A nice follow-up to my recent visit to Astoria with Polly Moller and Company.
A track from my CD Aquatic may be played on Coast Community Radio in Astoria this morning (10am to noon, PDT). This a folk program, which should be interesting. It is hosted by Carol Newman, who was very supportive of our visit and also hosts the “Arts: Live and Local” program, where Polly and our host Paul Hoskin had a chance to discuss our music and our show.
Coast Community Radio streams live online, for those who may want to check out this program as well as their other locally produced programs.
UPDATE: My track Open and Shut Case appeared on the program, you can here a clip of it here. There was an interesting segue into Paul Hipp’s “I am the Decider”, a great parody of Bush, Cheney et al. based on the Beatles’ “I am the Walrus” (Koo-koo-ka-choo). I got a nice mention of the piece and the album, along with reminder of our Polly Moller and Company show and the AVA music series; and “Death and the Maiden” (PM&C) was played as well.
Just a quick note this afternoon, from Astoria, Oregon. Our second show of the tour (third, if you count 1510 in Oakland) will be here in Astoria tonight, at the Astoria Visual Arts center. And I will also be performing a solo set to open, again with electronics and my folk and toy instruments.
We have posters all over town, and a great write-up in the Coast Weekend, a local paper.
Astoria itself is an interesting little town, at the mouth of Columbia River on the Oregon coast:
The coast highway runs through and north across the river into Washington state.
Here are a few photos from town:
And here is the band at the “Astoria Column”:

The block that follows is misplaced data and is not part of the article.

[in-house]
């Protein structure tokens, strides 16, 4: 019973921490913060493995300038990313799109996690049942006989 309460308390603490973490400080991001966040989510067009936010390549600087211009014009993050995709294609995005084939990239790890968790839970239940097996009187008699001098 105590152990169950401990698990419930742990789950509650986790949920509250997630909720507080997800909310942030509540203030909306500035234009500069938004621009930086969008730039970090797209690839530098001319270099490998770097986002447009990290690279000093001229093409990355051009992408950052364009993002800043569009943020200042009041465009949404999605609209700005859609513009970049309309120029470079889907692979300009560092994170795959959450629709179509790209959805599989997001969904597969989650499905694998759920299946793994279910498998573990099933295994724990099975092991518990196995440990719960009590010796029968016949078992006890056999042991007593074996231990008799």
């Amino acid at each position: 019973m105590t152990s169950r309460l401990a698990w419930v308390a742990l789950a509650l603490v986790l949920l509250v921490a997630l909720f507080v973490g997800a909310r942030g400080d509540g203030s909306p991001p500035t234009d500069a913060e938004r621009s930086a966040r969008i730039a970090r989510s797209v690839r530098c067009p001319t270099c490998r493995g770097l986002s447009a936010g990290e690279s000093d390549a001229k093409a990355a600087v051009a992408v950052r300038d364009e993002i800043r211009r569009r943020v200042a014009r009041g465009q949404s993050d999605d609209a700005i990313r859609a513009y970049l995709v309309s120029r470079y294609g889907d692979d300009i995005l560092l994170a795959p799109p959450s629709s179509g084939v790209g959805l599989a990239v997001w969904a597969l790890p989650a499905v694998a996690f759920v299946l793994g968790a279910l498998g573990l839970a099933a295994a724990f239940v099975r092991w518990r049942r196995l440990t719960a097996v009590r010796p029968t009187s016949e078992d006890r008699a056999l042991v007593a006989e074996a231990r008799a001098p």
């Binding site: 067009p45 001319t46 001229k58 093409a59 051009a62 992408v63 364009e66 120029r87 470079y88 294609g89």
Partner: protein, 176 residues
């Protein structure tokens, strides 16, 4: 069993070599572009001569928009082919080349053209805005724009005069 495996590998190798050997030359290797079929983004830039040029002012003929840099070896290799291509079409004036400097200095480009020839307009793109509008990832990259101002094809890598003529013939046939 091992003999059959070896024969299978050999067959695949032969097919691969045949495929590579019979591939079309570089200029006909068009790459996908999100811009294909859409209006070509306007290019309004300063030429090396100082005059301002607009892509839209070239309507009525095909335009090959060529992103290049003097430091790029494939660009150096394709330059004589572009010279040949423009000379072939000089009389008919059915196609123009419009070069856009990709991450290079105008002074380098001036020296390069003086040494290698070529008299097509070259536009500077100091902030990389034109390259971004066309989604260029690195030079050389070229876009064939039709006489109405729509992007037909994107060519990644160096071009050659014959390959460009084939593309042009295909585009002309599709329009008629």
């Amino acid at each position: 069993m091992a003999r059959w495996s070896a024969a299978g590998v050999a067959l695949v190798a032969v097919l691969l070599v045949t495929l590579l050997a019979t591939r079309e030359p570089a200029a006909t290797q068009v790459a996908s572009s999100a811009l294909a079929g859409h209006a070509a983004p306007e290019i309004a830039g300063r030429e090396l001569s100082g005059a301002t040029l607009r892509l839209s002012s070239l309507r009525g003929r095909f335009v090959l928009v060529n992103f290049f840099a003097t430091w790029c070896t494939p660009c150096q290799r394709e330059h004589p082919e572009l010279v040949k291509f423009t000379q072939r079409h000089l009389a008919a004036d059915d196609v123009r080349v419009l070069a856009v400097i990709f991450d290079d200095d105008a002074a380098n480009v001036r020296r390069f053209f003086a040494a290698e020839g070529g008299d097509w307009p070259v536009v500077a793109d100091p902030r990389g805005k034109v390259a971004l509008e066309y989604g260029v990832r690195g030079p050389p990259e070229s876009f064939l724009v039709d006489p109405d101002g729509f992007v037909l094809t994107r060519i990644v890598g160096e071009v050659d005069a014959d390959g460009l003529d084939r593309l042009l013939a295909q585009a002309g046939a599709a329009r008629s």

More on the performance itself after it actually happens. Also, I might go backwards in time to our show and day yesterday in Portland…but in the meantime, Polly has already journaled the first two days of our tour…
This morning we revisit our favorite fat cat in the news.
Local TV in Porland, Oregon, paid a visit to Hercules at home, and found both the generously proportioned cat and his human friend Geoff Ernest doing well. Lots of pictures, like the one to the right. Not surprisingly, they have been approached for promotions, such as Purina's diet cat food…
In addition to happy and heartwarming photo-ops, the follow-up news coverage included this opinion in The Oregonion about the importance of spaying/neutering pets:
Let's consider the other side of this heartwarming story: that of a nice cat, who because he was not neutered and was let outdoors, acted with predictable behaviors of fighting, mating and becoming a stray.
The heartache of Hercules' ailing person thinking “he was dead” would have been prevented had Hercules been taken care of as a beloved pet by being neutered and preferably kept indoors. How many unwanted kittens were produced because of this one stray tomcat's life on the streets?
Although Hercules' story had a happy ending, it easily could have ended much worse. I can't imagine what it be like to come home and find Luna potentially “lost forever.” That's why she enjoys her warm spring afternoons safely indoors…